Homebrewing can be a tough subject to get started with, and learning about fermentation and all its intricacies is something you need to master if you want to be able to produce high quality beer at home.
In this article, I will be going over if you can stir the beer while it’s fermenting, if you need to stir it once you pitch the yeast, how the fermentation process is supposed to go, and more.
So, without any further ado, let’s get started!
Can you Stir the beer during fermentation?
Stirring beer while it’s fermenting is not recommended since it can introduce harmful bacteria as well as oxygen into it, resulting in off-flavors and unwanted aromas, as well as a shorter shelf life. A better solution is to shake the fermentor a little, since this is more than enough to reactivate the yeast.
There really are no reasons to stir the beer while it’s fermenting since this could only cause issues. If you have a stuck fermentation, the better solution would be to shake the fermentor, but never open it up and stir.
How is the fermentation process supposed to go?
Once the wort has cooled down and you pitched the yeast, all that’s left to do is close the fermentor (with an airlock or blowoff tube on top) and let the yeast do it’s thing. If everything went according to plan, then you should see a nice thick foam appear on top of the beer, which is known as Krausen and is part of the fermentation process, which lets you know that fermentation is taking place.
All that is left to do now is wait until fermentation has subsided and it’s time to move the beer to a secondary fermentor (unless you’re fermenting your beer under pressure, in which case there’s no need for a secondary fermentor).
Is there a reason to stir your homebrew during fermentation?
Stirring fermenting beer, even if the fermentation is stuck, is never a good idea because it can introduce bacteria as well as oxygen and it should always be avoided. A better alternative would be to shake the fermentor since this can help reactivate the yeast.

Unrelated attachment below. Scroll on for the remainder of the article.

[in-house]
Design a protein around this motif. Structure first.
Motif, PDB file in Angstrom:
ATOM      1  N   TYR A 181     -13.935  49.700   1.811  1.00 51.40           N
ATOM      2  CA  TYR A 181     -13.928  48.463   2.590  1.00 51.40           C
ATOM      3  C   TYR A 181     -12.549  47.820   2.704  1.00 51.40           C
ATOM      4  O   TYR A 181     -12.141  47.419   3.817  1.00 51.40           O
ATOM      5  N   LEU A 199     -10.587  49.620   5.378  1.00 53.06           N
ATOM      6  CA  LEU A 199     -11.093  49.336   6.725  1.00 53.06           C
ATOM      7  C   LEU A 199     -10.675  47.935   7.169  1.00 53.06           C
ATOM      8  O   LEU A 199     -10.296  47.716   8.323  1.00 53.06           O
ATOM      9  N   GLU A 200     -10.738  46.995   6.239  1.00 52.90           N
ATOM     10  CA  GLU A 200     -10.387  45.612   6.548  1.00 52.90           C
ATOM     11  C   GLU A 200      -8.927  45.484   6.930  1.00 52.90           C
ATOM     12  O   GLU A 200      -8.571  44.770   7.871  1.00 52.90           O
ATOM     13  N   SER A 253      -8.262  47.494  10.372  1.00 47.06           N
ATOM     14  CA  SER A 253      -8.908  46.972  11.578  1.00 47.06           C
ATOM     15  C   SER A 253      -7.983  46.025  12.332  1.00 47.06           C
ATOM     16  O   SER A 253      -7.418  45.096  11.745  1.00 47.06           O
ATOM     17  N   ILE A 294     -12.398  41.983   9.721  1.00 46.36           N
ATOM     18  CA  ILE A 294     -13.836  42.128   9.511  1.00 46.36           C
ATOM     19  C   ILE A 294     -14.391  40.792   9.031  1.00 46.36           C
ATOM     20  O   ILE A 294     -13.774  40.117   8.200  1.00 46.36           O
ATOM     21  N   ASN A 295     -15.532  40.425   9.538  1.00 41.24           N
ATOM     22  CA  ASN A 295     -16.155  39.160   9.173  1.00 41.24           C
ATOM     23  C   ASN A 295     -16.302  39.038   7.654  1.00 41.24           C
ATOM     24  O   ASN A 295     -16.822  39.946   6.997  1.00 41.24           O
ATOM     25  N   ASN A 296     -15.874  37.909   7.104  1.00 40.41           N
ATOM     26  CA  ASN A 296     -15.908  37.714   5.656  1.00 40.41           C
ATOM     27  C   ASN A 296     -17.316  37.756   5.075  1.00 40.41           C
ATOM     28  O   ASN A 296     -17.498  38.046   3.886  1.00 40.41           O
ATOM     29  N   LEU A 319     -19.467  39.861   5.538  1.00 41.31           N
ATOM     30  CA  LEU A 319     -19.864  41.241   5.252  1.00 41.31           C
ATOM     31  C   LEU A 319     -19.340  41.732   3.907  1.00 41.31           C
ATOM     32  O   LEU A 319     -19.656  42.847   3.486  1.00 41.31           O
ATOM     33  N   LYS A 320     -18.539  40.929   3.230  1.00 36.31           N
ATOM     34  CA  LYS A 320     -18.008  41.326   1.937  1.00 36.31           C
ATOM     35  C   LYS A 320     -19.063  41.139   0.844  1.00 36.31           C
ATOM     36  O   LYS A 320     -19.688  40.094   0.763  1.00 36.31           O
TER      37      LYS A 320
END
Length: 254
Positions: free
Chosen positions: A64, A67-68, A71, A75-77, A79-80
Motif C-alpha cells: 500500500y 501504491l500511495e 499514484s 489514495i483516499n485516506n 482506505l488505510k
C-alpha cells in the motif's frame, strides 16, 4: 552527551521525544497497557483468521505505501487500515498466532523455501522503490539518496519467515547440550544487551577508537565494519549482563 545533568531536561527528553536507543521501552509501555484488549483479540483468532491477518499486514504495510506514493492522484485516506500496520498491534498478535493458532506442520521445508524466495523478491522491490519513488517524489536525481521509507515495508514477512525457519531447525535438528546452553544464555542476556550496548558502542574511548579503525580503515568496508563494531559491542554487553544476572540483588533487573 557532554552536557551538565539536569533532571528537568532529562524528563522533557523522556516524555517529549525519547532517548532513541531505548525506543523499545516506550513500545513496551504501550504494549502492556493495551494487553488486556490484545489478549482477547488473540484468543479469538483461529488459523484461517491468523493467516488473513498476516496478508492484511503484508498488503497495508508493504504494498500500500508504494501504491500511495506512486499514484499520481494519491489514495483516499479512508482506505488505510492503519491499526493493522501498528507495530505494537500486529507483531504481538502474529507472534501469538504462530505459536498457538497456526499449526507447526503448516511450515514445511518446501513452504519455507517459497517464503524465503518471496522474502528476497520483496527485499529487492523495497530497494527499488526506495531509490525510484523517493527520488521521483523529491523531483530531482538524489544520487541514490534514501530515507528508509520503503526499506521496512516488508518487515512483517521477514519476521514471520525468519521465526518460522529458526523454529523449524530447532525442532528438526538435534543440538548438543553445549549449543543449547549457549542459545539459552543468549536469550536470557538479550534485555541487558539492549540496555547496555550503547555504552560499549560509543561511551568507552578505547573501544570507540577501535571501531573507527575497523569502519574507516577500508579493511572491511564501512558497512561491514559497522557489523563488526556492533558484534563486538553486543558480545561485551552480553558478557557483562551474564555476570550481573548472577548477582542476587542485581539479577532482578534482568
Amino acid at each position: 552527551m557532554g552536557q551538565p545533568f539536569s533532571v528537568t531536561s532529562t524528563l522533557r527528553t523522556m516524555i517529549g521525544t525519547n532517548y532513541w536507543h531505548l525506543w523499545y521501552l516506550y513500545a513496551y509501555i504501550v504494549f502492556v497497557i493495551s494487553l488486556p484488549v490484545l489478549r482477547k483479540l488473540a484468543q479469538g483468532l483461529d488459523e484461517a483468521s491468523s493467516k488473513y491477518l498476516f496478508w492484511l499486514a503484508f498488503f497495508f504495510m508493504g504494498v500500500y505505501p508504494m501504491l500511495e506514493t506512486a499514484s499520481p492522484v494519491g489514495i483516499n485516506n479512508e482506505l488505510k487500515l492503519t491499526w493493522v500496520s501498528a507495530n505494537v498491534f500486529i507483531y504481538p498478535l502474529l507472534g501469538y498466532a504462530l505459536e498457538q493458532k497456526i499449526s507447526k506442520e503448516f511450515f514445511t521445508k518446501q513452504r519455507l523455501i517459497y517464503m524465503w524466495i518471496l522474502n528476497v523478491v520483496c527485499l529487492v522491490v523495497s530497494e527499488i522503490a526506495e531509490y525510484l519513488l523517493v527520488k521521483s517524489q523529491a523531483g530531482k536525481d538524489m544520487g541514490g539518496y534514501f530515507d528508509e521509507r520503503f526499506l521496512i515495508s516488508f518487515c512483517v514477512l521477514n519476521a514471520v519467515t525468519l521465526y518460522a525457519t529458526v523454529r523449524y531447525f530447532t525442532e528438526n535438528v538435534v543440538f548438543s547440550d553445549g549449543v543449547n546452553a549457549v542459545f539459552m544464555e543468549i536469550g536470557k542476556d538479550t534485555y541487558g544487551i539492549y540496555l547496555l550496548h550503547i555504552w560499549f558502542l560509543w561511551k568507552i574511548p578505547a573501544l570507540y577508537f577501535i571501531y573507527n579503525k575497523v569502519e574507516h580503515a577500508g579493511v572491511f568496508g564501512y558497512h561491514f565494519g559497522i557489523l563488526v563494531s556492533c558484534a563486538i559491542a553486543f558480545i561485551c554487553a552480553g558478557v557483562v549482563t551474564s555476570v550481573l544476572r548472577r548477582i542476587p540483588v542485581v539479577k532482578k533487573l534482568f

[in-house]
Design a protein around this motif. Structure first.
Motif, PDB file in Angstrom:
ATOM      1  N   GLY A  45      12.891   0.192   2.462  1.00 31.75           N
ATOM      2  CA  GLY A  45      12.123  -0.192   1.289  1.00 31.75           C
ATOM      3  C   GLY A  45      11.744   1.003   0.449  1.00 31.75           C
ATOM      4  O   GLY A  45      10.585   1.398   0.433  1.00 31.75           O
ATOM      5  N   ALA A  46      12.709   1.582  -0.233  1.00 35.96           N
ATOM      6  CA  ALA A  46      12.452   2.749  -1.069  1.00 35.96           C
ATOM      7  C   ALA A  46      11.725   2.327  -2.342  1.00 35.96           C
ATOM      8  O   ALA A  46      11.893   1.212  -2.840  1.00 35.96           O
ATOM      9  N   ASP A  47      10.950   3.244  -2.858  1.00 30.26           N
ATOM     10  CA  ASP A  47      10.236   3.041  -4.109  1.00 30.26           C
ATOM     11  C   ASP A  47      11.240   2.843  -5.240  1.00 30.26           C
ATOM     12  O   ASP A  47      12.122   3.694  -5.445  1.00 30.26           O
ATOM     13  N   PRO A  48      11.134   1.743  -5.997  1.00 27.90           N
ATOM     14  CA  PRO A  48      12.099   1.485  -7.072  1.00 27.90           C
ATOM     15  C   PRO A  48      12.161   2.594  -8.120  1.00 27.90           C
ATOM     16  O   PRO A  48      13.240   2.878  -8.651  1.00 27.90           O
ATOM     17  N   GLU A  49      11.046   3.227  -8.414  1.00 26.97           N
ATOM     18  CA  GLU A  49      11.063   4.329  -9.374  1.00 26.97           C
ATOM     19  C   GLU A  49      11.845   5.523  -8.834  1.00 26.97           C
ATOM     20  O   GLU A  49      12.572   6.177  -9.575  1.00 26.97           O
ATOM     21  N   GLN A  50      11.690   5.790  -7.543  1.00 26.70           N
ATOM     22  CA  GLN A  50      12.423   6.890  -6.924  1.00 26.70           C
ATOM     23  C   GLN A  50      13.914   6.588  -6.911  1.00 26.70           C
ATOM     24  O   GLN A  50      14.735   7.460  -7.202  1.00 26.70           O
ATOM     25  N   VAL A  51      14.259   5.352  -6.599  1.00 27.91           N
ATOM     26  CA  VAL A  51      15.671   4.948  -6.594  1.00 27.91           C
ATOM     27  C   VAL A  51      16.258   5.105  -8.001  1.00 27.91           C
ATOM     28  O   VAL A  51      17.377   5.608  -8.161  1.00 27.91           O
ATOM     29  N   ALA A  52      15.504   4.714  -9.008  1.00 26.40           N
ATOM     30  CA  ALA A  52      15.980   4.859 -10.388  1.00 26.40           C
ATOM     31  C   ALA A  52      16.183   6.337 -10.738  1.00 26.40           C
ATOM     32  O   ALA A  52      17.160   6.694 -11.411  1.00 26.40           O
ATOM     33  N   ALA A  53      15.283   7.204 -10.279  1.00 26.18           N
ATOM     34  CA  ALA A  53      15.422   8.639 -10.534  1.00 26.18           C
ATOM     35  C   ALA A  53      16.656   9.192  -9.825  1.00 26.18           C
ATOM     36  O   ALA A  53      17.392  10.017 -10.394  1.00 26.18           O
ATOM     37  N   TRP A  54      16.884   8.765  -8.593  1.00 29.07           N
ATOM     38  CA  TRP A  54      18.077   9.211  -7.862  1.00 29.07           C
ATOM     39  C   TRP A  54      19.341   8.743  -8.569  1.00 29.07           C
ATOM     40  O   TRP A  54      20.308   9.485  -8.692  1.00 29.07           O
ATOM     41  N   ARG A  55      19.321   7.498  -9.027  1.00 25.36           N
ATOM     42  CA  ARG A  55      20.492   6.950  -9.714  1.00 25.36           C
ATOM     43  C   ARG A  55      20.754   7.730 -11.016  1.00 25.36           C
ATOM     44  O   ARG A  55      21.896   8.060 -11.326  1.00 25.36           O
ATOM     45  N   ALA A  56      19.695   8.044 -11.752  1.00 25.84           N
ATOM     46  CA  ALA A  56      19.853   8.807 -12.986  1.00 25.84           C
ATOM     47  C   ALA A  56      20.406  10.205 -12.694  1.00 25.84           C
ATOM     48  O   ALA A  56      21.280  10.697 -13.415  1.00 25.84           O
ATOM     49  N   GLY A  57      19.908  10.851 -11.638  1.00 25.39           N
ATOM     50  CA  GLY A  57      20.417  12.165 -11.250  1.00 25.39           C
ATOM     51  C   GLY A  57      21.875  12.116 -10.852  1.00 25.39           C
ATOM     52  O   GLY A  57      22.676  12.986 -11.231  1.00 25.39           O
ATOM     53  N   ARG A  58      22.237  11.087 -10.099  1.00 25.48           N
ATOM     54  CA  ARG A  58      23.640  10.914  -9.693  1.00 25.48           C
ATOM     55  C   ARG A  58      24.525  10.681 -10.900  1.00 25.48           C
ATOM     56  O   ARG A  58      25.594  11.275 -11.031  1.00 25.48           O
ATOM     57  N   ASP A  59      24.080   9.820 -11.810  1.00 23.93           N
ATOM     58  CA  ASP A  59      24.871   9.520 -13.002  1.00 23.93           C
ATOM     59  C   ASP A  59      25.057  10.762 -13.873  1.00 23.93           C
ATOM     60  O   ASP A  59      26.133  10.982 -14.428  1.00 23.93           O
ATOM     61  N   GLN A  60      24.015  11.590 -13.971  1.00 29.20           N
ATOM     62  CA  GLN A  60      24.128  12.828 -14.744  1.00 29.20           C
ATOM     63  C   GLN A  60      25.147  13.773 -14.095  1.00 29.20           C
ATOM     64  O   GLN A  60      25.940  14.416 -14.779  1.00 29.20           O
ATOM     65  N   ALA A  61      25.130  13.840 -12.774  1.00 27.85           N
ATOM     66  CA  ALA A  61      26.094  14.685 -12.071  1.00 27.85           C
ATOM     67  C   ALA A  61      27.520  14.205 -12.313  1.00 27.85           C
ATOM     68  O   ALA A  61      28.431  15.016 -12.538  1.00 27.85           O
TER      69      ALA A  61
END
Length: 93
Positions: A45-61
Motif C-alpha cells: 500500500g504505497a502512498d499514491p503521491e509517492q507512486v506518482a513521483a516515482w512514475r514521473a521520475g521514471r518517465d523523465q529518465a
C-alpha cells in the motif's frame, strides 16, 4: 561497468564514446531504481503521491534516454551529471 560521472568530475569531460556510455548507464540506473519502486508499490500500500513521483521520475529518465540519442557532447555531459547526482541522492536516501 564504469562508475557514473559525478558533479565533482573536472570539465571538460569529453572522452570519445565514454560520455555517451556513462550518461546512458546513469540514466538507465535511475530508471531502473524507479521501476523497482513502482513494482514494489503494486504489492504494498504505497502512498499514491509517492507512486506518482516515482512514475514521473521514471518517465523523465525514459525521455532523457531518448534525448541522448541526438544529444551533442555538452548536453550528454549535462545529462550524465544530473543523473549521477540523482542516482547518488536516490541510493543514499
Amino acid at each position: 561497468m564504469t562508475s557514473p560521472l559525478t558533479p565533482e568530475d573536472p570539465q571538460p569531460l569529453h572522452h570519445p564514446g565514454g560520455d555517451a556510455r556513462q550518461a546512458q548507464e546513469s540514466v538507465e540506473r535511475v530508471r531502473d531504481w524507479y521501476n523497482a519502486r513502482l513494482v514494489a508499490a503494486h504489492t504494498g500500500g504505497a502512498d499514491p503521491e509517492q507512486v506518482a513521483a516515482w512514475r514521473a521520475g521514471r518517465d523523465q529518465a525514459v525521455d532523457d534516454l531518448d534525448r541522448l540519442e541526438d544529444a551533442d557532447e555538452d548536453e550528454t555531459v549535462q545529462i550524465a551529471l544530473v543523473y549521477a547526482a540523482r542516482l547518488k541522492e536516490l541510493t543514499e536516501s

There may be numerous reasons responsible for your fermentation not being able to start, such as; The yeast being too old, yeast getting pitched into a wort that is too hot or too cold for that particular yeast strain, lack of oxygen in the initial wort (yeast need oxygen to get the fermentation going), and overall, not pitching the right amount of yeast.
Does stirring stop fermentation?
Stirring the beer while it’s fermenting won’t cause the fermentation process to stop, but it may introduce bacteria and oxygen which could result in off-flavors and unwanted aromas.
In short; Don’t open the fermentor and don’t ever stir the beer.
When pitching the yeast, does it need to be stirred in?
At the moment of pitching the yeast, stirring it in doesn’t add any real benefit, but it can cause a couple of problems, such as the yeast getting stuck to the side of the fermentor preventing it from being used as part of the fermentation, and it increases the risk of beer infection because there’s a higher chance of introducing bacteria.
The only benefit I can think of is that stirring in the yeast may introduce a little more oxygen into the wort, which helps with getting the fermentation started. But other than that, there are a lot more negatives than positives and the fermentation will work regardless.
One recommendation I would give you is to aerate the wort before pitching the yeast. You can do this by either agitating or shaking the fermentor, or by using a whisk. Just make 100% sure to sanitize the whisk before touching the wort with it.